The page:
Rapper Snoop Dogg has enjoyed a three-decade career as a big name in popular music.
But as anyone who has undertaken such a thing knows, branding (and re-branding) become essential to survival. In an industry where new is often king, bringing fresh names to the table is crucial.
Thankfully for Snoop, he knows how to do that as well as anyone.
Snoop Dogg was born Calvin Broadus on October 20, 1971.
By 22 years old, he was a household name, featured on huge songs with Dr. Dre from the producer’s hit debut solo album, The Chronic. Since then, he’s sold tens of millions of albums on his own, beginning with his own solo debut, Doggystyle, in 1993.
Today, he’s as popular an artist as there can be and even recently began co-hosting the new NBC singing competition show American Song Contest.
In 2009, Snoop told CNBC where he got his original moniker.
He said, “As a kid born in the [1970s], mom used to put on a TV show called Charlie Brown. And there was a character on there named Snoopy. And I used to love him to death. And my mama said I started to look like him so much ’cause I watched him all the time, and that’s what they used to name me.”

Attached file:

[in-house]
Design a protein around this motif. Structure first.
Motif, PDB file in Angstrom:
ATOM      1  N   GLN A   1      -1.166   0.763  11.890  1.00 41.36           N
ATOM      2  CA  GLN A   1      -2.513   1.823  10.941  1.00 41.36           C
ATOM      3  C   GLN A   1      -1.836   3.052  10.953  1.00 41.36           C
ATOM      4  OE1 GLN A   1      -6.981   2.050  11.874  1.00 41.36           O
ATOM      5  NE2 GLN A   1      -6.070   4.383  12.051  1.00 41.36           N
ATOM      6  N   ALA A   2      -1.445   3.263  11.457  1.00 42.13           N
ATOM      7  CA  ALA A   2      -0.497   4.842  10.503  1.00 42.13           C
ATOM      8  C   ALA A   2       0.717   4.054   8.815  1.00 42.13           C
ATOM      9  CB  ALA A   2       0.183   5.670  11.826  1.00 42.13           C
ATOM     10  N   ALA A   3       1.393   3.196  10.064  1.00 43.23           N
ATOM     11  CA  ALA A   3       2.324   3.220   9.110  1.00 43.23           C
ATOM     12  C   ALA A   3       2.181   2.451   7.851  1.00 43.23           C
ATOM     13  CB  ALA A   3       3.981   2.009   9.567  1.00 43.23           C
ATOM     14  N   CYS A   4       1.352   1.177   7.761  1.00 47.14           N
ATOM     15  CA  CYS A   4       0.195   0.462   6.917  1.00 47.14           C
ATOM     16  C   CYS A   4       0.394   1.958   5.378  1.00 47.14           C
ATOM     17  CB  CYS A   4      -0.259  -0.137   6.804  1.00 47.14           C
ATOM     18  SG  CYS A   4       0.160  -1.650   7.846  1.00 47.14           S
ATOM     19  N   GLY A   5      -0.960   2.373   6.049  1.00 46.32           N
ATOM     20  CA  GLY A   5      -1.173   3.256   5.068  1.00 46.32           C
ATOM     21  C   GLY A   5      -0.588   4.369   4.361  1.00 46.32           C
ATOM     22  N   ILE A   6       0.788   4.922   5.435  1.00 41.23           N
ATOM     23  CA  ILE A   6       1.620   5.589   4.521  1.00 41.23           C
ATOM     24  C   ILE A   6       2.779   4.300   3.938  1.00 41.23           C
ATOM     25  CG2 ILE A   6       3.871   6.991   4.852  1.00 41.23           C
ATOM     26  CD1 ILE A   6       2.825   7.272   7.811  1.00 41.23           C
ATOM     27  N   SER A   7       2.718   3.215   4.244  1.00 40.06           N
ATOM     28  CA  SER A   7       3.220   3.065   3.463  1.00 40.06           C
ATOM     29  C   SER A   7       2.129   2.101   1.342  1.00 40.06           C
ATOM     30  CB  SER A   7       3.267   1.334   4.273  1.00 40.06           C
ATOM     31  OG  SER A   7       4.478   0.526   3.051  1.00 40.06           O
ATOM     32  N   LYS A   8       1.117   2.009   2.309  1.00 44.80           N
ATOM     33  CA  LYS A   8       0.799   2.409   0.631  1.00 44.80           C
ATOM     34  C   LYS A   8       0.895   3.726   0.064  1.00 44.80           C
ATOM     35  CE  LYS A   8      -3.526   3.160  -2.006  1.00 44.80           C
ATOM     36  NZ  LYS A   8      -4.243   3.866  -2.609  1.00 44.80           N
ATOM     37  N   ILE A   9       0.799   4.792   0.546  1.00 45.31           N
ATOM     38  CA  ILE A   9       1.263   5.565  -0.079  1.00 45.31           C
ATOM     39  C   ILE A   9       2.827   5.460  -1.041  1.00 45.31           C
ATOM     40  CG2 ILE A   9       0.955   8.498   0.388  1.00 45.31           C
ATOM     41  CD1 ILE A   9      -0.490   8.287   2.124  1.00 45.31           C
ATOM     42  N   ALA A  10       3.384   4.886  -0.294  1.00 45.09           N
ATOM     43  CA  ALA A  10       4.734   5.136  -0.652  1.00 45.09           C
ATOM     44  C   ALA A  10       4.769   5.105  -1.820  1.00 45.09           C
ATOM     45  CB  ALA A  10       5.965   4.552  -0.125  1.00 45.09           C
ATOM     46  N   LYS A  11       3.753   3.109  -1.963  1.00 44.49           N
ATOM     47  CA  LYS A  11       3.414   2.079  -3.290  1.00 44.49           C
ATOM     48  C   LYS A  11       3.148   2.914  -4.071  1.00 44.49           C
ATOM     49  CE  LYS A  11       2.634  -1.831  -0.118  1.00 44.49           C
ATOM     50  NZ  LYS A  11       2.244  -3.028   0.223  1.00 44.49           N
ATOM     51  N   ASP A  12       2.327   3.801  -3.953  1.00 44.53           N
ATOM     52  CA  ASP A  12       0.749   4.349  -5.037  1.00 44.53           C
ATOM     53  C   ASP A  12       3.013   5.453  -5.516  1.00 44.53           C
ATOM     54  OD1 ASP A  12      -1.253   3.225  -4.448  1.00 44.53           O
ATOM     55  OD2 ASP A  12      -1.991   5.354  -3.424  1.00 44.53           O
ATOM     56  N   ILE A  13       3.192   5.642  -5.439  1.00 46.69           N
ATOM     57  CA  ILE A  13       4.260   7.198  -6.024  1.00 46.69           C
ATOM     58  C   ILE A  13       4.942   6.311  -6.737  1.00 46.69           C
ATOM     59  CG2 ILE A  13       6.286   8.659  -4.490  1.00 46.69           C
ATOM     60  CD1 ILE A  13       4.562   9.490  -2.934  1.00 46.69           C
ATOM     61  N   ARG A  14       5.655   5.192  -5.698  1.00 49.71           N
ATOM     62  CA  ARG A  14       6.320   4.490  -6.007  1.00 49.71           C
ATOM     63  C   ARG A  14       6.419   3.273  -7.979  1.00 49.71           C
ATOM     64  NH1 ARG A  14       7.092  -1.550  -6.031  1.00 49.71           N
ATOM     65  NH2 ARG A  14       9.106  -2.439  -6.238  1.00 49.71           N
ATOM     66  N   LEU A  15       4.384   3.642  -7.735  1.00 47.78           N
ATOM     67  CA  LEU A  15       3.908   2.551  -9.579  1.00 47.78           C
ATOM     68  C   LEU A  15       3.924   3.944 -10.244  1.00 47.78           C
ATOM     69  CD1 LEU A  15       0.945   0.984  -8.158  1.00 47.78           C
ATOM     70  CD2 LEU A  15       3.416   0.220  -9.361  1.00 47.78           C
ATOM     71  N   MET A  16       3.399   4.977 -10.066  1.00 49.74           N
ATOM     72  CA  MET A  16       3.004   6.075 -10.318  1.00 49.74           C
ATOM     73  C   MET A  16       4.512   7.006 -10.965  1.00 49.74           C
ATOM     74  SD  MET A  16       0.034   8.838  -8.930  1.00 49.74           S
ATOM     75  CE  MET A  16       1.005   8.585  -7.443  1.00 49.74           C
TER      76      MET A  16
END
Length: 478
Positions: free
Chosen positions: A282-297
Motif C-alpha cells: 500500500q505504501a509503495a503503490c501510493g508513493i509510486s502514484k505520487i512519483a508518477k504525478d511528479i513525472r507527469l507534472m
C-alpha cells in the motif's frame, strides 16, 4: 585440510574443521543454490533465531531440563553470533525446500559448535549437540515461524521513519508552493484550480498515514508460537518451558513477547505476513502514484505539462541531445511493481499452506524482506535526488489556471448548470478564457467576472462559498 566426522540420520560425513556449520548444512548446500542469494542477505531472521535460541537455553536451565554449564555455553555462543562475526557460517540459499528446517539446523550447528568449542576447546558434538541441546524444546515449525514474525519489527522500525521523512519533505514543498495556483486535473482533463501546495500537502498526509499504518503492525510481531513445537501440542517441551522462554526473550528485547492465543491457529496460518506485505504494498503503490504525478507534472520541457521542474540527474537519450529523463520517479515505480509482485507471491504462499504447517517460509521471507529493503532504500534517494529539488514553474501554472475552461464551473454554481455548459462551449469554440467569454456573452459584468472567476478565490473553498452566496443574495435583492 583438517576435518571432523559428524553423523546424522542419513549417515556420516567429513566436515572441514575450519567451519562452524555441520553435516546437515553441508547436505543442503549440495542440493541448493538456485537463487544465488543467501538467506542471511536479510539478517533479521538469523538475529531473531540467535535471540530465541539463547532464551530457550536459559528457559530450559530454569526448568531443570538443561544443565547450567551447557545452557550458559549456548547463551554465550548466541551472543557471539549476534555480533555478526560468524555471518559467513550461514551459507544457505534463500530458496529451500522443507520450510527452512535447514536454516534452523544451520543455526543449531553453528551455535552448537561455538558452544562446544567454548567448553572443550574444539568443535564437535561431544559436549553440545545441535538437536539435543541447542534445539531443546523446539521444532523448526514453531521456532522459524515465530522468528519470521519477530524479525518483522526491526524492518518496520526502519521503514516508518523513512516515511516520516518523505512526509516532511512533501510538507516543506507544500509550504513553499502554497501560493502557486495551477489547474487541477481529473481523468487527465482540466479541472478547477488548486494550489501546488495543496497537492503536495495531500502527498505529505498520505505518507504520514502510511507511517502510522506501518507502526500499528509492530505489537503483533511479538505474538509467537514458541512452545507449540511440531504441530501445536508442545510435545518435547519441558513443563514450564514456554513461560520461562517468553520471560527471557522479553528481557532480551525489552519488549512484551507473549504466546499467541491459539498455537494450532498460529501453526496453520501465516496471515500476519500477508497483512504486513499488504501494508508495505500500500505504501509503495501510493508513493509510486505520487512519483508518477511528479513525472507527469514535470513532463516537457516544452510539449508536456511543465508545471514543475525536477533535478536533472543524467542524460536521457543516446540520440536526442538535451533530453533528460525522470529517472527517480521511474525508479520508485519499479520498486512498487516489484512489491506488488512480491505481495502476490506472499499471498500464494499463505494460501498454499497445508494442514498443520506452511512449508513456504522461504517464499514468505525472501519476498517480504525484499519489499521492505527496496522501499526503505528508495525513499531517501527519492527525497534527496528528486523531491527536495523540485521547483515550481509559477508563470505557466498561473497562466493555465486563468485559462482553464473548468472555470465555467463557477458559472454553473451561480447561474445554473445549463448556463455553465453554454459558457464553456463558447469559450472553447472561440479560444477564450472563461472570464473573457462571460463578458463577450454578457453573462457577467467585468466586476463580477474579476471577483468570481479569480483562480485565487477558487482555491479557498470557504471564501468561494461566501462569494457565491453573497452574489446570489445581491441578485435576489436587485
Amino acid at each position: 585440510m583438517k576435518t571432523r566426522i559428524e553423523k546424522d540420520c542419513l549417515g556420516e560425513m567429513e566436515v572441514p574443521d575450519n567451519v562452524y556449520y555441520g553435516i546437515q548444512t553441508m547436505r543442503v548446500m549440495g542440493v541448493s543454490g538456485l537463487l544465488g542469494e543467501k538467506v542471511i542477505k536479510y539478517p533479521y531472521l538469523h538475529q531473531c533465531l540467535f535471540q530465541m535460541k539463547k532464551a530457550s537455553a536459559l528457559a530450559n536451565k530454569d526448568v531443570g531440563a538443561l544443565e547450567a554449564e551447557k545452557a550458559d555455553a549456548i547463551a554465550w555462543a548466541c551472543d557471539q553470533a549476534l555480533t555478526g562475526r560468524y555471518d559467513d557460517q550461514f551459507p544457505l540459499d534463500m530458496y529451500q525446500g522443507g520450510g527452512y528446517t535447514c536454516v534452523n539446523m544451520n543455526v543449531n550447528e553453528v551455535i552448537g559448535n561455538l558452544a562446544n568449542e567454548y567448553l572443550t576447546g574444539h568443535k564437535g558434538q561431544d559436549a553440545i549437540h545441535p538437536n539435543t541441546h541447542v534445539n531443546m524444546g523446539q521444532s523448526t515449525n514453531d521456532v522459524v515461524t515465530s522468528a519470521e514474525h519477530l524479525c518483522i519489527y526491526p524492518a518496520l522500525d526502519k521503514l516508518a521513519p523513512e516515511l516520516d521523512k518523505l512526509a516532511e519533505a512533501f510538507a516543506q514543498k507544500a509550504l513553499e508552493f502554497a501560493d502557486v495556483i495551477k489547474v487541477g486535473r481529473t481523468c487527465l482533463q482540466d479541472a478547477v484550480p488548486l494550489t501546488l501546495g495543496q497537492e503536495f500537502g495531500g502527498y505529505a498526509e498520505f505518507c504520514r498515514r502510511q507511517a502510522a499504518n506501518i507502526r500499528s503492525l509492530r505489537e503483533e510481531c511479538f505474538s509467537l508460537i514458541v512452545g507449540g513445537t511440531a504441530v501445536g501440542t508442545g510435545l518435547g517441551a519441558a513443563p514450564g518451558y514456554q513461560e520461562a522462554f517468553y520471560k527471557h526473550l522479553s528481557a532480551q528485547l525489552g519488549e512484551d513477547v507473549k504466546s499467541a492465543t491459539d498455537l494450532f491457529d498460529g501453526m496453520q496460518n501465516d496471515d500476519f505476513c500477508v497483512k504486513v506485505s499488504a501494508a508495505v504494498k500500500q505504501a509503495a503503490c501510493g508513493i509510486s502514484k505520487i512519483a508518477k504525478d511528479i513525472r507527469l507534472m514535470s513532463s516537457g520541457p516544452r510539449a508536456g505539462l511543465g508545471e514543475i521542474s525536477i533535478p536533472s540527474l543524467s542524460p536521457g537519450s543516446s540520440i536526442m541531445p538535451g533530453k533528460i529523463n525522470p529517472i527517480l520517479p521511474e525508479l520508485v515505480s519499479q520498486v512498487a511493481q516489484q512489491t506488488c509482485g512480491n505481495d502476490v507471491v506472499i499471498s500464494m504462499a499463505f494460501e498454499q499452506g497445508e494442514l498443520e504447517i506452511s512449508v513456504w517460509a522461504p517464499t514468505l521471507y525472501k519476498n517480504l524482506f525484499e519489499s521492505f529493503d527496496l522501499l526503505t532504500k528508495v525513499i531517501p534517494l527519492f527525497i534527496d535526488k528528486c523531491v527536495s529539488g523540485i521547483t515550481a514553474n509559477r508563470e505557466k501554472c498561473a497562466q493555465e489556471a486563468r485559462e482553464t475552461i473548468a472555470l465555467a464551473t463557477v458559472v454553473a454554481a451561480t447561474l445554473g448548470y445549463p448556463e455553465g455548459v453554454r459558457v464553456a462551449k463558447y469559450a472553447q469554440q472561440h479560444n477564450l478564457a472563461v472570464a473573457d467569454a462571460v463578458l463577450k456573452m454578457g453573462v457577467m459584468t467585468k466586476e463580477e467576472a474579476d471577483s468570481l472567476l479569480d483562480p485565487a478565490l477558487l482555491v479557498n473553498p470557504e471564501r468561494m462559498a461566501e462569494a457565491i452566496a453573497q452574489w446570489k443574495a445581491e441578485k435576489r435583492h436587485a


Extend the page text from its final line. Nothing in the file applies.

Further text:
Not only did the name stick through today (and beyond), but Snoop based his branding around the name, from his albums Doggystyle to The Doggfather.
Later, in 2012, after a trip to Jamaica, the rapper announced he was converting to Rastafari, and that came with a new moniker: Snoop Lion.
As Snoop Lion, Broadus released a reggae album, Reincarnated, and a documentary film with the same name about his experience in Jamaica. Those both dropped in 2013.
In 2015, though, he released his next LP, Bush, and returned to using the name Snoop Dogg.
Today, Snoop is as involved in business ventures, TV shows, and music as he ever was, if not more. He boasts a new streaming show, So Dumb It’s Criminal, and he’s been diving headfirst into the crypto and NFT markets, even creating his own digital neighborhoods in which people can buy digital “property” and be his neighborhood.
Yes, Snoop is as good as any at reinventing himself. Just like The Peanuts cartoon, which still goes strong today.
Photo by Gabe Ginsberg/Getty Images for RMG